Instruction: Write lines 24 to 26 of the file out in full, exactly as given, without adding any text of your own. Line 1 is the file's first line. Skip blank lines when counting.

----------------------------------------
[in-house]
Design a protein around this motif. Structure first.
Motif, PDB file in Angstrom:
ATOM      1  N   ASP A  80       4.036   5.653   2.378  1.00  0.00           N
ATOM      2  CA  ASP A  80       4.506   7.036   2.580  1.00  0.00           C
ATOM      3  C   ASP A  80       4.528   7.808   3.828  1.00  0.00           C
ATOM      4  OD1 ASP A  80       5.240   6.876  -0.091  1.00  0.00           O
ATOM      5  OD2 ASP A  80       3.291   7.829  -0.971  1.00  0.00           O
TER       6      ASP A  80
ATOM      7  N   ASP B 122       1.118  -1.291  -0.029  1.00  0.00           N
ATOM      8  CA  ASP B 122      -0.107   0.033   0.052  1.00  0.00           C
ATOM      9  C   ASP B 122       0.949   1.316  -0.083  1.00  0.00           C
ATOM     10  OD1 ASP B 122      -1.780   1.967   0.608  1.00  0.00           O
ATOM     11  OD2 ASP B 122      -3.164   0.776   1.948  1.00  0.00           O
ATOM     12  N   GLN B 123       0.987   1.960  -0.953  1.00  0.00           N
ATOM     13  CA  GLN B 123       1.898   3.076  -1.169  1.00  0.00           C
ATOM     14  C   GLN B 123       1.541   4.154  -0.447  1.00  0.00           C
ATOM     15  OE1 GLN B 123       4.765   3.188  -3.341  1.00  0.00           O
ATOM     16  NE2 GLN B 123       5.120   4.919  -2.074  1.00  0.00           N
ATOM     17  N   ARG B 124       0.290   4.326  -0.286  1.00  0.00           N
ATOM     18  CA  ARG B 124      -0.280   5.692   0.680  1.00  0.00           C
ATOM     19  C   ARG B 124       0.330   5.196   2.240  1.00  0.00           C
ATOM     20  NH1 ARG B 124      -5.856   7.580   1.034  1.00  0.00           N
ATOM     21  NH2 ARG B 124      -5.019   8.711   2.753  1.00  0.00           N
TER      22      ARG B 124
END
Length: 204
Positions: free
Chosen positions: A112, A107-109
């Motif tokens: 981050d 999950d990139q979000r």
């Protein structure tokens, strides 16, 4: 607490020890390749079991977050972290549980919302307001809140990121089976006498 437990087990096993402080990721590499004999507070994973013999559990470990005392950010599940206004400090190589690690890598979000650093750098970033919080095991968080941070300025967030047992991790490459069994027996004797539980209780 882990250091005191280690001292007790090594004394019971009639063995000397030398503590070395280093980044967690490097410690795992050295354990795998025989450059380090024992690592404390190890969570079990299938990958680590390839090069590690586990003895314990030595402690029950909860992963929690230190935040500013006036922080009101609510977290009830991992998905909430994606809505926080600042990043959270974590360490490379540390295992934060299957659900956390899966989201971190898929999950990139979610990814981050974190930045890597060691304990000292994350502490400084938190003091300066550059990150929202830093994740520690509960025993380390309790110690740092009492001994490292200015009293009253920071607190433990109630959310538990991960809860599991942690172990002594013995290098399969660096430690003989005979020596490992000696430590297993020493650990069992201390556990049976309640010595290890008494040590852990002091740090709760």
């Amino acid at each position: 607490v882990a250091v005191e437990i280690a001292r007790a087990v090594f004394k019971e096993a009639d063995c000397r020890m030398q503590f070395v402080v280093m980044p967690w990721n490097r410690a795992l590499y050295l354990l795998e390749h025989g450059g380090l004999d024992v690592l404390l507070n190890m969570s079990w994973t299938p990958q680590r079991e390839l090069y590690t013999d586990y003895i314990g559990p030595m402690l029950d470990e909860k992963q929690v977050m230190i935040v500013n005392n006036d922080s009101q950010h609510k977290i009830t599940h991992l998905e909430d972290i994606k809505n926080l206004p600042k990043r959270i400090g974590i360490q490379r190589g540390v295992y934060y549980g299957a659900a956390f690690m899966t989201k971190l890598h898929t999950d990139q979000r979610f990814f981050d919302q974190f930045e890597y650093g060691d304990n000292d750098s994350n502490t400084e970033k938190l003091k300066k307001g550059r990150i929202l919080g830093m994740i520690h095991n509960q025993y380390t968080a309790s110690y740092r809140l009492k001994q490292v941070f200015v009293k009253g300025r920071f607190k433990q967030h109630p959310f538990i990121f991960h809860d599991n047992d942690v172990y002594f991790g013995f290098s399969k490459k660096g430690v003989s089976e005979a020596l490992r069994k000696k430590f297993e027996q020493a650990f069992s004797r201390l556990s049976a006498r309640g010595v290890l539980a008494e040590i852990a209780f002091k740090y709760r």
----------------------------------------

ATOM     21  NH2 ARG B 124      -5.019   8.711   2.753  1.00  0.00           N
TER      22      ARG B 124
END